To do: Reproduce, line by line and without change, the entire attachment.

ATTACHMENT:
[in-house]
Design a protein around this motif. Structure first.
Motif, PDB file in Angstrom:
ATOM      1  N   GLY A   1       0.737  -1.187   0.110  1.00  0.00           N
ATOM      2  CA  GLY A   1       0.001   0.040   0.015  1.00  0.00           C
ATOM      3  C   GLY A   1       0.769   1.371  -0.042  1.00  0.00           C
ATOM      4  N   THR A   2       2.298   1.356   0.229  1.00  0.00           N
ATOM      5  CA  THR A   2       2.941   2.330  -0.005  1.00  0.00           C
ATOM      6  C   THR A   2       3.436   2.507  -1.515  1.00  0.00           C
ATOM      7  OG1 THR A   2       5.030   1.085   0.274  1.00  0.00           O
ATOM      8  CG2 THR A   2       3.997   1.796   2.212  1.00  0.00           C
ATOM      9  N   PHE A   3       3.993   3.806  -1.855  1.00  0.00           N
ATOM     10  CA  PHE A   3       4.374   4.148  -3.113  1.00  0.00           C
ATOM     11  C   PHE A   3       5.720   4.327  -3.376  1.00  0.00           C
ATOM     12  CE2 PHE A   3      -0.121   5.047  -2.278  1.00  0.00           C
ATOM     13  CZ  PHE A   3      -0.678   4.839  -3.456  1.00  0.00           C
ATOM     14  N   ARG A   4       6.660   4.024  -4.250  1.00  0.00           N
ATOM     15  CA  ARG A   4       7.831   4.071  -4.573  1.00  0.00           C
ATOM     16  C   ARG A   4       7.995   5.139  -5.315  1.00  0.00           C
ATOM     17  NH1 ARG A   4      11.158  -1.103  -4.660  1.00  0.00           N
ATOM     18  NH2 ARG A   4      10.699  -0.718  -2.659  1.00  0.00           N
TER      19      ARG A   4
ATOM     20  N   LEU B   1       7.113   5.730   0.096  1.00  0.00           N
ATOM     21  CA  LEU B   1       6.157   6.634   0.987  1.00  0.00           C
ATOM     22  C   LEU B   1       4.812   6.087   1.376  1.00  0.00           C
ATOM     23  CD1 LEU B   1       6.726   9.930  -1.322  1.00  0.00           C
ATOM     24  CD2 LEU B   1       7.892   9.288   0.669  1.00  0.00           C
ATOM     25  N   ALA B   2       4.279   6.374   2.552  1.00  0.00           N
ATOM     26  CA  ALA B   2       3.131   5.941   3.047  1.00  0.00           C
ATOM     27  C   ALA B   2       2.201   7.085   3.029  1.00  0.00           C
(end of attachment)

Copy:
[in-house]
Design a protein around this motif. Structure first.
Motif, PDB file in Angstrom:
ATOM      1  N   GLY A   1       0.737  -1.187   0.110  1.00  0.00           N
ATOM      2  CA  GLY A   1       0.001   0.040   0.015  1.00  0.00           C
ATOM      3  C   GLY A   1       0.769   1.371  -0.042  1.00  0.00           C
ATOM      4  N   THR A   2       2.298   1.356   0.229  1.00  0.00           N
ATOM      5  CA  THR A   2       2.941   2.330  -0.005  1.00  0.00           C
ATOM      6  C   THR A   2       3.436   2.507  -1.515  1.00  0.00           C
ATOM      7  OG1 THR A   2       5.030   1.085   0.274  1.00  0.00           O
ATOM      8  CG2 THR A   2       3.997   1.796   2.212  1.00  0.00           C
ATOM      9  N   PHE A   3       3.993   3.806  -1.855  1.00  0.00           N
ATOM     10  CA  PHE A   3       4.374   4.148  -3.113  1.00  0.00           C
ATOM     11  C   PHE A   3       5.720   4.327  -3.376  1.00  0.00           C
ATOM     12  CE2 PHE A   3      -0.121   5.047  -2.278  1.00  0.00           C
ATOM     13  CZ  PHE A   3      -0.678   4.839  -3.456  1.00  0.00           C
ATOM     14  N   ARG A   4       6.660   4.024  -4.250  1.00  0.00           N
ATOM     15  CA  ARG A   4       7.831   4.071  -4.573  1.00  0.00           C
ATOM     16  C   ARG A   4       7.995   5.139  -5.315  1.00  0.00           C
ATOM     17  NH1 ARG A   4      11.158  -1.103  -4.660  1.00  0.00           N
ATOM     18  NH2 ARG A   4      10.699  -0.718  -2.659  1.00  0.00           N
TER      19      ARG A   4
ATOM     20  N   LEU B   1       7.113   5.730   0.096  1.00  0.00           N
ATOM     21  CA  LEU B   1       6.157   6.634   0.987  1.00  0.00           C
ATOM     22  C   LEU B   1       4.812   6.087   1.376  1.00  0.00           C
ATOM     23  CD1 LEU B   1       6.726   9.930  -1.322  1.00  0.00           C
ATOM     24  CD2 LEU B   1       7.892   9.288   0.669  1.00  0.00           C
ATOM     25  N   ALA B   2       4.279   6.374   2.552  1.00  0.00           N
ATOM     26  CA  ALA B   2       3.131   5.941   3.047  1.00  0.00           C
ATOM     27  C   ALA B   2       2.201   7.085   3.029  1.00  0.00           C